02. 2012年5月10日 11:45:49
Kawaoka paper published on aerosol transmission of H5 influenza virus in ferrets
2 MAY 2012
One of two papers on avian influenza H5N1 virus that caused such a furor in the past six months was published today in the journal Nature. I have read it, and I can assure you that the results do not enable the construction of a deadly biological weapon. Instead, they illuminate important requirements for the airborne transmission of influenza viruses among ferrets. Failure to publish this work would have compromised our understanding of influenza viral transmission.
The paper from Kawaoka’s group focuses on the viral hemagglutinin (HA) protein, an important determinant of whether influenza viruses can infect birds or mammals. In the image, the HA is shown as blue ‘spikes’ on the virion surface; a single HA molecule is shown at right. Avian influenza viruses prefer to attach to cells via a specific form of sialic acid that differs from the form bound by mammalian influenza viruses. This difference in receptor preference is one reason why avian influenza viruses do not transmit among mammals.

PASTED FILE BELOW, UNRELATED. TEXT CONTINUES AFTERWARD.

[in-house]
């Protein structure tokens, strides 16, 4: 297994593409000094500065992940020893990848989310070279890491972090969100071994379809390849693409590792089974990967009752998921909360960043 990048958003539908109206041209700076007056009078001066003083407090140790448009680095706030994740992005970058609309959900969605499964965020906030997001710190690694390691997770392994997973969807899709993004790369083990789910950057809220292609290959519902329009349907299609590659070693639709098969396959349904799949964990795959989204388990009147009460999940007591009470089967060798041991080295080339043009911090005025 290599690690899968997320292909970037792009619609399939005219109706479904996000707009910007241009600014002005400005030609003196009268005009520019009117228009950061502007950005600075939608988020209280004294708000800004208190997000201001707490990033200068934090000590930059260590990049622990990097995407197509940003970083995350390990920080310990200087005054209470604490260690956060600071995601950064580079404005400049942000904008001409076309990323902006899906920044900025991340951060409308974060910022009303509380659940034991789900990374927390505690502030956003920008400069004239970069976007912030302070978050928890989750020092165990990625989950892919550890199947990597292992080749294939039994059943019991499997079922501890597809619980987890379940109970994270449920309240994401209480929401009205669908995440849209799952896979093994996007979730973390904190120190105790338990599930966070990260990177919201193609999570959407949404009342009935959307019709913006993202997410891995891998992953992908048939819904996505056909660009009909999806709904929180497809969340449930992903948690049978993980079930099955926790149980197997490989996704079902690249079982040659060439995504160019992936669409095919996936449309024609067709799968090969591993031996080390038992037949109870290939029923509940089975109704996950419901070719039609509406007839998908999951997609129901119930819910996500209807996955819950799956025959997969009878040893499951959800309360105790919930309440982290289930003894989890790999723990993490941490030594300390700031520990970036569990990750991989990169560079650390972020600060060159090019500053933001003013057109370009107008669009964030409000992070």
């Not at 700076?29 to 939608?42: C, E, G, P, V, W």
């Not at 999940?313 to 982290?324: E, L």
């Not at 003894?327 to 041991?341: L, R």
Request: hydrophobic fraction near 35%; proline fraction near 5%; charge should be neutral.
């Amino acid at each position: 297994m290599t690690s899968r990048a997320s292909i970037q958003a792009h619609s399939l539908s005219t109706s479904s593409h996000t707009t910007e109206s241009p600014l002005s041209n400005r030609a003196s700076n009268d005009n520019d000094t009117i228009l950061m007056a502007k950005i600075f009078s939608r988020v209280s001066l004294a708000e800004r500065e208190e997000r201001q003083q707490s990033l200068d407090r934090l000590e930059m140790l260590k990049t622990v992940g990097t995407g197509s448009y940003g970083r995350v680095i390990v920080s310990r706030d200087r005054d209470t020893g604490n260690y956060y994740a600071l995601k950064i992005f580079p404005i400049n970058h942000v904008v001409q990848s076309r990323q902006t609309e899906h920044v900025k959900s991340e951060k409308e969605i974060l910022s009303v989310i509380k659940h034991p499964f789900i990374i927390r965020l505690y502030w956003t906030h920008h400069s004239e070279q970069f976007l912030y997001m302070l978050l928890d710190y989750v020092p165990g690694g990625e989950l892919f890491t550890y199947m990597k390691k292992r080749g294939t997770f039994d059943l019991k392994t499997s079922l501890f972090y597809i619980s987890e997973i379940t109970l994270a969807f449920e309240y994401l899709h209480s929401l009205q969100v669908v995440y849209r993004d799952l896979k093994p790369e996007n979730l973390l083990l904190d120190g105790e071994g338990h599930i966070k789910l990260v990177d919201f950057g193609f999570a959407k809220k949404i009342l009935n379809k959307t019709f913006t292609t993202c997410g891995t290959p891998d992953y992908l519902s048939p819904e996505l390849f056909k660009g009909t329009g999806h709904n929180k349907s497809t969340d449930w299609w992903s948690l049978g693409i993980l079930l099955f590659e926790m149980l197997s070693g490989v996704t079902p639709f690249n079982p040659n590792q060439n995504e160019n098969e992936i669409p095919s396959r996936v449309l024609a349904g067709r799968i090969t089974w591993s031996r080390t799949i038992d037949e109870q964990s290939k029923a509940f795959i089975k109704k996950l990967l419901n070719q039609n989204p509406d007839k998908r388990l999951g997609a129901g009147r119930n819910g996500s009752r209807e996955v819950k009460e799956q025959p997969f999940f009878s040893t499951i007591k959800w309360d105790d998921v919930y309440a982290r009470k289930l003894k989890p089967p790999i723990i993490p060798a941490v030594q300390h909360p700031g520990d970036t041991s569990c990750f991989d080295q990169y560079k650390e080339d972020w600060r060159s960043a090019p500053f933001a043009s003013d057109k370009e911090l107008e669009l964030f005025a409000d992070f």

Kawaoka’s group used a random mutagenesis and selection approach to identify amino acid changes in the avian H5 HA protein that allow it to bind human receptors. These changes are located around the sialic acid binding pocket in the HA head (figure). Some of the amino acid changes were previously known, but there are also some new ones reported, expanding our understanding of how the HA binds sialic acids. Some of the HA amino acid changes allow virus binding to ciliated epithelial cells of the human respiratory tract (wild type H5 HA cannot). All of this is important new information.
The H5 HA genes with these amino acid changes were then substituted for the HA gene in a 2009 H1N1 pandemic virus, and this reassortant virus was inoculated intranasally into ferrets. The viruses did not replicate well in the ferret trachea, but viruses recovered from the animals contained a new change in the HA protein that improves replication. This change (asparagine to aspartic acid at amino acid 158) is known to prevent attachment of a sugar group to the HA and enhance binding to human receptors. Viruses with this change probably have a replicative advantage in ferrets.
A reassortant virus with HA amino acid changes N158D/N224K/Q226L transmitted through the air to 2 of 6 ferrets. Viruses recovered from one of the animals contained a new change in the HA protein, T318I. A virus with four amino acid changes in the H5 HA (N158D/N224K/Q226L/T318I) replicates well in ferrets and transmits efficiently, although the infection is not lethal.
Even more interesting are the results of experiments to understand how these HA amino acid changes affect viral transmission. The N224K/Q226L amino acid changes that shift the HA from avian to human receptor specificity reduce the stability of the HA protein. The N158D and T318I changes, which were selected in ferrets, restore stability of the HA.
There are three key questions concerning this work that must be answered.